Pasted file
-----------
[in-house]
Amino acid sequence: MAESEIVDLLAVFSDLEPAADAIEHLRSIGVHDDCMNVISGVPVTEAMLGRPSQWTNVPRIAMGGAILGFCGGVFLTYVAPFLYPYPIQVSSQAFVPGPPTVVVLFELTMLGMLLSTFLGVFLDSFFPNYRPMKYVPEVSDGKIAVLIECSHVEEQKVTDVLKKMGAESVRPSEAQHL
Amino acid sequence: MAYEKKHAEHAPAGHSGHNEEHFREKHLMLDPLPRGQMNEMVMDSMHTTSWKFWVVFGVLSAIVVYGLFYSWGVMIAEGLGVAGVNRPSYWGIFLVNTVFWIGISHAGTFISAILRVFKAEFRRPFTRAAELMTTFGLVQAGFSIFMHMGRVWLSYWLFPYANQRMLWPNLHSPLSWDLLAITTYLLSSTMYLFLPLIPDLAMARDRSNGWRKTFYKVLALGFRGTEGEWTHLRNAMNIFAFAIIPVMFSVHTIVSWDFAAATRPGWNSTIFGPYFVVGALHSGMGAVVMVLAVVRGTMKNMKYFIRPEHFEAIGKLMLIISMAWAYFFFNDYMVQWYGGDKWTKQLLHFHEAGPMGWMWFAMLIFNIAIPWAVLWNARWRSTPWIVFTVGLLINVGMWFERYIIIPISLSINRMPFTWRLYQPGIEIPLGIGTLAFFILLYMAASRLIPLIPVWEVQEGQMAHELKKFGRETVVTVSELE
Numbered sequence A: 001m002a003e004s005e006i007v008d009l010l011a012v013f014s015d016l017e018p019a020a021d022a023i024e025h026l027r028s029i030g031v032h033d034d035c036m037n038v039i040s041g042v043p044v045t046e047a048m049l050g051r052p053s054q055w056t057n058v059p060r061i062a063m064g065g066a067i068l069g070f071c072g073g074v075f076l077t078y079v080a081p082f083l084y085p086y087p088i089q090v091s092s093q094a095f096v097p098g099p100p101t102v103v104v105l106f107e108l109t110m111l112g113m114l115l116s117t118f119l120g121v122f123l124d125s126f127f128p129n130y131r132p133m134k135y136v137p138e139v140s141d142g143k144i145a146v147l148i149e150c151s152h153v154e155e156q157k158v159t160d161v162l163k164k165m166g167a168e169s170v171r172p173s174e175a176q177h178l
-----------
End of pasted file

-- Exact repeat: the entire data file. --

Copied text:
[in-house]
Amino acid sequence: MAESEIVDLLAVFSDLEPAADAIEHLRSIGVHDDCMNVISGVPVTEAMLGRPSQWTNVPRIAMGGAILGFCGGVFLTYVAPFLYPYPIQVSSQAFVPGPPTVVVLFELTMLGMLLSTFLGVFLDSFFPNYRPMKYVPEVSDGKIAVLIECSHVEEQKVTDVLKKMGAESVRPSEAQHL
Amino acid sequence: MAYEKKHAEHAPAGHSGHNEEHFREKHLMLDPLPRGQMNEMVMDSMHTTSWKFWVVFGVLSAIVVYGLFYSWGVMIAEGLGVAGVNRPSYWGIFLVNTVFWIGISHAGTFISAILRVFKAEFRRPFTRAAELMTTFGLVQAGFSIFMHMGRVWLSYWLFPYANQRMLWPNLHSPLSWDLLAITTYLLSSTMYLFLPLIPDLAMARDRSNGWRKTFYKVLALGFRGTEGEWTHLRNAMNIFAFAIIPVMFSVHTIVSWDFAAATRPGWNSTIFGPYFVVGALHSGMGAVVMVLAVVRGTMKNMKYFIRPEHFEAIGKLMLIISMAWAYFFFNDYMVQWYGGDKWTKQLLHFHEAGPMGWMWFAMLIFNIAIPWAVLWNARWRSTPWIVFTVGLLINVGMWFERYIIIPISLSINRMPFTWRLYQPGIEIPLGIGTLAFFILLYMAASRLIPLIPVWEVQEGQMAHELKKFGRETVVTVSELE
Numbered sequence A: 001m002a003e004s005e006i007v008d009l010l011a012v013f014s015d016l017e018p019a020a021d022a023i024e025h026l027r028s029i030g031v032h033d034d035c036m037n038v039i040s041g042v043p044v045t046e047a048m049l050g051r052p053s054q055w056t057n058v059p060r061i062a063m064g065g066a067i068l069g070f071c072g073g074v075f076l077t078y079v080a081p082f083l084y085p086y087p088i089q090v091s092s093q094a095f096v097p098g099p100p101t102v103v104v105l106f107e108l109t110m111l112g113m114l115l116s117t118f119l120g121v122f123l124d125s126f127f128p129n130y131r132p133m134k135y136v137p138e139v140s141d142g143k144i145a146v147l148i149e150c151s152h153v154e155e156q157k158v159t160d161v162l163k164k165m166g167a168e169s170v171r172p173s174e175a176q177h178l